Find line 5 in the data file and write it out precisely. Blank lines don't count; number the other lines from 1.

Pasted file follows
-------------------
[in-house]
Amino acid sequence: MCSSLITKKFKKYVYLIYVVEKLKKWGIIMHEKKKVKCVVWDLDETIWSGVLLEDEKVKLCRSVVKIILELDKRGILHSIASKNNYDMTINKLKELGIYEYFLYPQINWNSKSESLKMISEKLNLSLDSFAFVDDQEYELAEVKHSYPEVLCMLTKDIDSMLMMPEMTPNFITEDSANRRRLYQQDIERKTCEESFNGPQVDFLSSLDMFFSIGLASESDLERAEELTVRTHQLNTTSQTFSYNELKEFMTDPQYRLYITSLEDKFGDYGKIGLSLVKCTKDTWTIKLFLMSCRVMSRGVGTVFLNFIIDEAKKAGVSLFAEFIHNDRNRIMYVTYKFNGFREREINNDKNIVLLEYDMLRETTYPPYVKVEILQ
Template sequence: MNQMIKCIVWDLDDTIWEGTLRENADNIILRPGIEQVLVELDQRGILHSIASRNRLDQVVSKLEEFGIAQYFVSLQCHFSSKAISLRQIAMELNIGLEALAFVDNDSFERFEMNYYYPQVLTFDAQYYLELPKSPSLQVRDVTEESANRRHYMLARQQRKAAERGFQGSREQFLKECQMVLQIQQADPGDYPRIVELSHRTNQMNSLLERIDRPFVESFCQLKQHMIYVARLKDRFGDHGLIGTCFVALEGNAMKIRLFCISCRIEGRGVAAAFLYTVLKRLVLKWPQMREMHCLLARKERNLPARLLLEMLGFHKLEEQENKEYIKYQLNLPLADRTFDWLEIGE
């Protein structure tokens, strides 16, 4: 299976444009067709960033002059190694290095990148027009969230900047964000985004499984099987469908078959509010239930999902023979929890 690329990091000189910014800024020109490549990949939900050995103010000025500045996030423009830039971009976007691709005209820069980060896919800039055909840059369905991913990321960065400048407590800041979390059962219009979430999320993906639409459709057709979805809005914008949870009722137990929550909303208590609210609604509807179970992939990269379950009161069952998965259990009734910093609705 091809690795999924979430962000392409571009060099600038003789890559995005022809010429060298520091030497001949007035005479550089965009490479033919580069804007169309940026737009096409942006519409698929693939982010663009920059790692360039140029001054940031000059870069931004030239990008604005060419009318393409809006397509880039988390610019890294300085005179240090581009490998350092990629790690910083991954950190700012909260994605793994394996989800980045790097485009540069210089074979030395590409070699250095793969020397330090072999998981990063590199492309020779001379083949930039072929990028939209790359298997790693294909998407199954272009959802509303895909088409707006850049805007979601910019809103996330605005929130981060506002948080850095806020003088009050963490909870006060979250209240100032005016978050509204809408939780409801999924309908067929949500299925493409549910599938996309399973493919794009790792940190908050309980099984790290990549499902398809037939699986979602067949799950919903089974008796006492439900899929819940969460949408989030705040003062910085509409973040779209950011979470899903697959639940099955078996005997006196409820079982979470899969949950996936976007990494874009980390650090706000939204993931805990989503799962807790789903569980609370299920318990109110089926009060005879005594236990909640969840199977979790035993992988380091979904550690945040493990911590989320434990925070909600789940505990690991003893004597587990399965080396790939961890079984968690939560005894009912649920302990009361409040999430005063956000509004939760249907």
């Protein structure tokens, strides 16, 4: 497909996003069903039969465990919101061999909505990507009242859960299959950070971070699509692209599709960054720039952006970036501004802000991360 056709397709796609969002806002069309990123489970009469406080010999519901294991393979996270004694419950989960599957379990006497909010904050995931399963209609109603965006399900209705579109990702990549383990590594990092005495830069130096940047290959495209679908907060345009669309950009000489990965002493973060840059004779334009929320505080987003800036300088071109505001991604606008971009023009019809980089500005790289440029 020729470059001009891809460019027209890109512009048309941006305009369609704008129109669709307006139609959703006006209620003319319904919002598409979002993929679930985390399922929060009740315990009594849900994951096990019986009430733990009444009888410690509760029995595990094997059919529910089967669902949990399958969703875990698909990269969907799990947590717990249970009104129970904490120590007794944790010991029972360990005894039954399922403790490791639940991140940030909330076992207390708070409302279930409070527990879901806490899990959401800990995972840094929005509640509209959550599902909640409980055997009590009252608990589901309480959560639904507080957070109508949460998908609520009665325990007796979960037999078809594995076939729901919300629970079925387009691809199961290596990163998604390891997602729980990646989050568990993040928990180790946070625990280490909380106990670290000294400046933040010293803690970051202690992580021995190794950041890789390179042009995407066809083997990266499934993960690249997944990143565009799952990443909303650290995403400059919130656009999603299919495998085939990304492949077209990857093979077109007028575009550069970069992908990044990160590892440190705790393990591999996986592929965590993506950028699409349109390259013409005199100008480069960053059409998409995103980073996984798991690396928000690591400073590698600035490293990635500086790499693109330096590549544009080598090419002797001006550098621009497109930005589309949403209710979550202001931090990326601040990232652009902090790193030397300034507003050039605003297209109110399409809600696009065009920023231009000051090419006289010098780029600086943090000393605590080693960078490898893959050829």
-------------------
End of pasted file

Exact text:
């Protein structure tokens, strides 16, 4: 497909996003069903039969465990919101061999909505990507009242859960299959950070971070699509692209599709960054720039952006970036501004802000991360 056709397709796609969002806002069309990123489970009469406080010999519901294991393979996270004694419950989960599957379990006497909010904050995931399963209609109603965006399900209705579109990702990549383990590594990092005495830069130096940047290959495209679908907060345009669309950009000489990965002493973060840059004779334009929320505080987003800036300088071109505001991604606008971009023009019809980089500005790289440029 020729470059001009891809460019027209890109512009048309941006305009369609704008129109669709307006139609959703006006209620003319319904919002598409979002993929679930985390399922929060009740315990009594849900994951096990019986009430733990009444009888410690509760029995595990094997059919529910089967669902949990399958969703875990698909990269969907799990947590717990249970009104129970904490120590007794944790010991029972360990005894039954399922403790490791639940991140940030909330076992207390708070409302279930409070527990879901806490899990959401800990995972840094929005509640509209959550599902909640409980055997009590009252608990589901309480959560639904507080957070109508949460998908609520009665325990007796979960037999078809594995076939729901919300629970079925387009691809199961290596990163998604390891997602729980990646989050568990993040928990180790946070625990280490909380106990670290000294400046933040010293803690970051202690992580021995190794950041890789390179042009995407066809083997990266499934993960690249997944990143565009799952990443909303650290995403400059919130656009999603299919495998085939990304492949077209990857093979077109007028575009550069970069992908990044990160590892440190705790393990591999996986592929965590993506950028699409349109390259013409005199100008480069960053059409998409995103980073996984798991690396928000690591400073590698600035490293990635500086790499693109330096590549544009080598090419002797001006550098621009497109930005589309949403209710979550202001931090990326601040990232652009902090790193030397300034507003050039605003297209109110399409809600696009065009920023231009000051090419006289010098780029600086943090000393605590080693960078490898893959050829």